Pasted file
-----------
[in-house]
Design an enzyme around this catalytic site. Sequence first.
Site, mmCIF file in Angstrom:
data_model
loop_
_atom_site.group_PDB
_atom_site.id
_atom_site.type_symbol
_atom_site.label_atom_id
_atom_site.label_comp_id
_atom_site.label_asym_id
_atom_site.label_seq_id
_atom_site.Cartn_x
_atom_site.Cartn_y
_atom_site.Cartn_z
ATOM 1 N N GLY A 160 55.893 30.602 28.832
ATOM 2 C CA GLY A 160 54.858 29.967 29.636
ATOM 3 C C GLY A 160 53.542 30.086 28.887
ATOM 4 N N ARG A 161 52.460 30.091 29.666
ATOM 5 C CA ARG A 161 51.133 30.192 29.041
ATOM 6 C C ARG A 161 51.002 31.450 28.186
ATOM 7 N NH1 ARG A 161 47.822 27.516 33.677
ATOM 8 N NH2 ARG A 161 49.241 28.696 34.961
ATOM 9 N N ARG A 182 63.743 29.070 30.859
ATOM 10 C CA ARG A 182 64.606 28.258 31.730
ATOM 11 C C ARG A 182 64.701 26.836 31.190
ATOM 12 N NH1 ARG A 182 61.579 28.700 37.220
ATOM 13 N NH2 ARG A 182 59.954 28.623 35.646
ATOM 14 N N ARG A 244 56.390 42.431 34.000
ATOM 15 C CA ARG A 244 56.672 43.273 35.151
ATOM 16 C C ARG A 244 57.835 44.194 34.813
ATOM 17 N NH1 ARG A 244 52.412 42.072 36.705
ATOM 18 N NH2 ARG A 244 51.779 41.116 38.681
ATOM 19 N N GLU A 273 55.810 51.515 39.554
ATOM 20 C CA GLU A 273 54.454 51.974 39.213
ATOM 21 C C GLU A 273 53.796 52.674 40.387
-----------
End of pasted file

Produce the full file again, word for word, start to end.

[in-house]
Design an enzyme around this catalytic site. Sequence first.
Site, mmCIF file in Angstrom:
data_model
loop_
_atom_site.group_PDB
_atom_site.id
_atom_site.type_symbol
_atom_site.label_atom_id
_atom_site.label_comp_id
_atom_site.label_asym_id
_atom_site.label_seq_id
_atom_site.Cartn_x
_atom_site.Cartn_y
_atom_site.Cartn_z
ATOM 1 N N GLY A 160 55.893 30.602 28.832
ATOM 2 C CA GLY A 160 54.858 29.967 29.636
ATOM 3 C C GLY A 160 53.542 30.086 28.887
ATOM 4 N N ARG A 161 52.460 30.091 29.666
ATOM 5 C CA ARG A 161 51.133 30.192 29.041
ATOM 6 C C ARG A 161 51.002 31.450 28.186
ATOM 7 N NH1 ARG A 161 47.822 27.516 33.677
ATOM 8 N NH2 ARG A 161 49.241 28.696 34.961
ATOM 9 N N ARG A 182 63.743 29.070 30.859
ATOM 10 C CA ARG A 182 64.606 28.258 31.730
ATOM 11 C C ARG A 182 64.701 26.836 31.190
ATOM 12 N NH1 ARG A 182 61.579 28.700 37.220
ATOM 13 N NH2 ARG A 182 59.954 28.623 35.646
ATOM 14 N N ARG A 244 56.390 42.431 34.000
ATOM 15 C CA ARG A 244 56.672 43.273 35.151
ATOM 16 C C ARG A 244 57.835 44.194 34.813
ATOM 17 N NH1 ARG A 244 52.412 42.072 36.705
ATOM 18 N NH2 ARG A 244 51.779 41.116 38.681
ATOM 19 N N GLU A 273 55.810 51.515 39.554
ATOM 20 C CA GLU A 273 54.454 51.974 39.213
ATOM 21 C C GLU A 273 53.796 52.674 40.387